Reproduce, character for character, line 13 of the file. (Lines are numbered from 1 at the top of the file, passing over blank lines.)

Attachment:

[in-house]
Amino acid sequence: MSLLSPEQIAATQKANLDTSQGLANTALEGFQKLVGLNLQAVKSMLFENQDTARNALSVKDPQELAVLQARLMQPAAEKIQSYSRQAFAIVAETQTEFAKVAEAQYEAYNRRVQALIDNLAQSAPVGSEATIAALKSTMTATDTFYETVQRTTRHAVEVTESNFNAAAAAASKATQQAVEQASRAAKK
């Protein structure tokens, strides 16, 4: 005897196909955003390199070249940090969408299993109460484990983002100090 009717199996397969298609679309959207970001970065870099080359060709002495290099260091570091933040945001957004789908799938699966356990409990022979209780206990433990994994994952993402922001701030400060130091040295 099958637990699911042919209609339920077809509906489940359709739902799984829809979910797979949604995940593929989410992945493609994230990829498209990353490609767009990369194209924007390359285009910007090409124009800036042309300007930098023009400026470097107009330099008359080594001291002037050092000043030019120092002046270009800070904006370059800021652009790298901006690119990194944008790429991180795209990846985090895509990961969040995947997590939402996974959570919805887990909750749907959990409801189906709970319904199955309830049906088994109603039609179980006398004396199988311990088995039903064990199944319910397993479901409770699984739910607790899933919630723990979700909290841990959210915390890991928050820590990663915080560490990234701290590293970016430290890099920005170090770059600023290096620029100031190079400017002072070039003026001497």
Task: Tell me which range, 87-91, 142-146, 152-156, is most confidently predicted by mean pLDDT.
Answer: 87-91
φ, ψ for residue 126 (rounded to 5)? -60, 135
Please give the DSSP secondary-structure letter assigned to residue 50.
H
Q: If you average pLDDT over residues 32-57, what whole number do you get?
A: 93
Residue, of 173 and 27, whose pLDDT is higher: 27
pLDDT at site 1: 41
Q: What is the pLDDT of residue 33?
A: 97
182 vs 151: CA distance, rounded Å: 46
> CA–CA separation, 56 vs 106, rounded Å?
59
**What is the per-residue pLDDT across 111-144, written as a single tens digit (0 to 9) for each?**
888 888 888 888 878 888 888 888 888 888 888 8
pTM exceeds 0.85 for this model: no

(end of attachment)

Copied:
Q: What is the pLDDT of residue 33?